Another component of linguistic imperialism is scientific imperialism. With communicative, cultural, and educational imperialism scientists in their publications cannot avoid the use of the English language. Due to the dominant Western position and most notably of anglophone Western scientists, the research community quite naturally communicates through English. Especially since the Information Technology revolution that emerged in the USA other languages had to face their retraction in favor of English. Today, when we come to the medium in which the flows of information on cutting-edge science take place, then English does dominate exclusively and in every sphere. The research community has come to inform itself, debate and publish in English, even where the innovation originated in other speech communities. (Wright 2004: 151)
Keeping the interaction between the different components of imperialism in mind, we speakers of English should reflect on our position and contribution to linguistic imperialism.
This paper is written in English. Being written in English this paper uses English syntax and semantics and therefore employs a Western line of argumentation and Western rhetoric. As it will be read only by people who understand English this paper contributes to English-medium scholarly discussion. So far, the main emphasis was on Robert Phillipson (a British linguist, currently working in Denmark) and the arguments were backed by Sue Wright (again, a British linguist). For the eligibility for the further employment of the term “Linguistic Imperialism” in connection with Tanzanian language policies I would like to refer to some African voices.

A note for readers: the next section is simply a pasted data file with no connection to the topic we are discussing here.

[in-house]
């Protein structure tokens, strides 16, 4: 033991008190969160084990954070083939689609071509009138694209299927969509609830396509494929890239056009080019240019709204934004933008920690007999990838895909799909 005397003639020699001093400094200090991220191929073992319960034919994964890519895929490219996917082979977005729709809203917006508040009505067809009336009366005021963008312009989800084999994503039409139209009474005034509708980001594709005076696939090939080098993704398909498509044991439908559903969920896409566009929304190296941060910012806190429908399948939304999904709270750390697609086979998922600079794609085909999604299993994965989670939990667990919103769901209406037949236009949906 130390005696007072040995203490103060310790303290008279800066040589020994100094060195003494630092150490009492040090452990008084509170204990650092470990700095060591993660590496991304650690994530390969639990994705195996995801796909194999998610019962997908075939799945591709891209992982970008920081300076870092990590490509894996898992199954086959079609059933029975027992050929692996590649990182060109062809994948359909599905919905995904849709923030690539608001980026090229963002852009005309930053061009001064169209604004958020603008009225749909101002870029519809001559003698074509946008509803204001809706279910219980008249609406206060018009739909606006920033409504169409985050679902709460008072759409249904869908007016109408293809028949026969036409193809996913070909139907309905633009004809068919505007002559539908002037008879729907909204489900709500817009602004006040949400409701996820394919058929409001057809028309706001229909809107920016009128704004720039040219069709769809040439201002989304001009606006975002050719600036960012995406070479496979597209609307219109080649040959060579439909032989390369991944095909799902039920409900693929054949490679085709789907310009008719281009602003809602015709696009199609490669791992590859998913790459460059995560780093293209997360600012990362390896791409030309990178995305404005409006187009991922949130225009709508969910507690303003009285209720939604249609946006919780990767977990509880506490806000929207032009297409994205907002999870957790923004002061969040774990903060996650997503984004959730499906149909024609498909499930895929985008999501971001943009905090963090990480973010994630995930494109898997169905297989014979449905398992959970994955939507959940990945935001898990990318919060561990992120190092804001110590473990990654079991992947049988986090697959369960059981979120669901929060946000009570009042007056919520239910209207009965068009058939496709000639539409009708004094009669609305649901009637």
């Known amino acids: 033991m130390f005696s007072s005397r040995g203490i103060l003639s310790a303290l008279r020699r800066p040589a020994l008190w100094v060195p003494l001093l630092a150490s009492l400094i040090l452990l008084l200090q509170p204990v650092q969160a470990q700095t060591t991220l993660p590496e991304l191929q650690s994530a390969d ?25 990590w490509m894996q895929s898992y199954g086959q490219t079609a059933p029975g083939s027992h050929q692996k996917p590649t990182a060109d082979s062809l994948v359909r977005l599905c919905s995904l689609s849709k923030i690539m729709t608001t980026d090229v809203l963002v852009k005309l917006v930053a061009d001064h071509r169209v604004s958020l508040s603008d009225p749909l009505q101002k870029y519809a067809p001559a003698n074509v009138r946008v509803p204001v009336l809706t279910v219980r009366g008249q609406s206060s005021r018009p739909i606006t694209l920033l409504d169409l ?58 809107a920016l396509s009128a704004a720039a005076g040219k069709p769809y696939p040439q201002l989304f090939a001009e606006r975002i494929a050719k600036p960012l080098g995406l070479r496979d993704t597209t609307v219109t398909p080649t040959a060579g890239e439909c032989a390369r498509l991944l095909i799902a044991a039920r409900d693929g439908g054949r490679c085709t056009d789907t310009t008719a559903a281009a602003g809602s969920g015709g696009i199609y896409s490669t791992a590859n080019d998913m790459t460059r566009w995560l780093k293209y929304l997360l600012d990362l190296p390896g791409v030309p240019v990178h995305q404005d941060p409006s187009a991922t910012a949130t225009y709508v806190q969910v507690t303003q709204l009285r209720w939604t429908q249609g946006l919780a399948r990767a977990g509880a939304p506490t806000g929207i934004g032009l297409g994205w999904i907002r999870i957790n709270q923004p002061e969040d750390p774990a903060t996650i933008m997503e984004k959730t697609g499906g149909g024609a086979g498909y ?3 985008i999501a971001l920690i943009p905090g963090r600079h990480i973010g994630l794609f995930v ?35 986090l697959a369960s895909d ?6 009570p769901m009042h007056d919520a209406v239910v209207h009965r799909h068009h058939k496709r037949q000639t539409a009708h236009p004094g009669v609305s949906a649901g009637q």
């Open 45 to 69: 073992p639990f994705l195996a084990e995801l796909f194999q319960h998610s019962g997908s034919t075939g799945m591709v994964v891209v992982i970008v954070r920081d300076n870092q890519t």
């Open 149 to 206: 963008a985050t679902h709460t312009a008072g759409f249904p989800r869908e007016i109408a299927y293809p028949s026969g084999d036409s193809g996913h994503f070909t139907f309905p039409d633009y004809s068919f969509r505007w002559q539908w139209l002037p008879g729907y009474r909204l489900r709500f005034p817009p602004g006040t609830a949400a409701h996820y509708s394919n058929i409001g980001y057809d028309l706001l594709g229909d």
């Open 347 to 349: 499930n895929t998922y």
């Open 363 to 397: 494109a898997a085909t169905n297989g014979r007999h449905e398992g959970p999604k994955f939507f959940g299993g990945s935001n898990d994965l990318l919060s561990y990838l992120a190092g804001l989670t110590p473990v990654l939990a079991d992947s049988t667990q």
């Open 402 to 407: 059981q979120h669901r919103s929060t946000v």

Within the setting of growing global consciousness in the early 1990’s Phillipson’s work on Linguistic Imperialism was debated controversially. Especially his reference to Africa found dissentient opinions amongst the English speaking African élite. Joseph Bisong, a Nigerian linguist, argues that English is not imposed on African countries such as Nigeria, but that they voluntarily chose English as their national language. “Nigerians are sophisticated enough to know what is in their interest […] Phillipson’s argument shows a failure to appreciate fully the complexities of this situation.” (Bisong 1995: 131) Bisong’s response reflected the feelings of many Africans. The Western society could therefore accept the current situation and be indifferent about this particular global issue. However, other African voices have called for further investigation.
Long before 1992, accompanying the series of independence movements in Africa in the 1960s, African authors had to make decisions on their use of language and therefore make a decision which language policy to support. Two main schools of thought emerged. One was favored by Chinua Achebe who grew up in colonial Nigeria and learned to love colonial education with all its culture, which he later incorporated in his opinion. This school of thought valued English as the unifying global language and vigorously demands an African appropriation of English.
What I do see is a new voice coming out of Africa, speaking of African experience in a worldwide language. So my answer to the question Can an African ever learn English well enough to be able to use it effectively in creative writing? is certainly yes. If on the other hand you ask. Can he ever learn to use it like a native speaker ? I should say, I hope not. […] The African writer should aim to use English in a way that brings out his message best without altering the language to the extent that its value as a medium of international exchange will be lost. He should aim at fashioning an English which is at once universal and able to carry his peculiar experience. (Achebe 1965: 29)
With growing understanding of dignity and self respect the second school of thought established itself as such. It is usually associated with Ngũgĩ wa Thiong’o, a Kenyan author whose essay “The Language of African Literature” pinpointed this alternative school of thought. After years of writing in English and enriching a foreign tongue, he decided in 1977 to follow his “calling to do for his language what Spencer, Milton, and Shakespeare did for English, what Pushkin and Tolstoy did for Russian; indeed what all writers in world history have done for their languages [emphases added]” (Ngũgĩ wa Thiong’o 1986: 82). He wrote in his own language, Gikũyũ.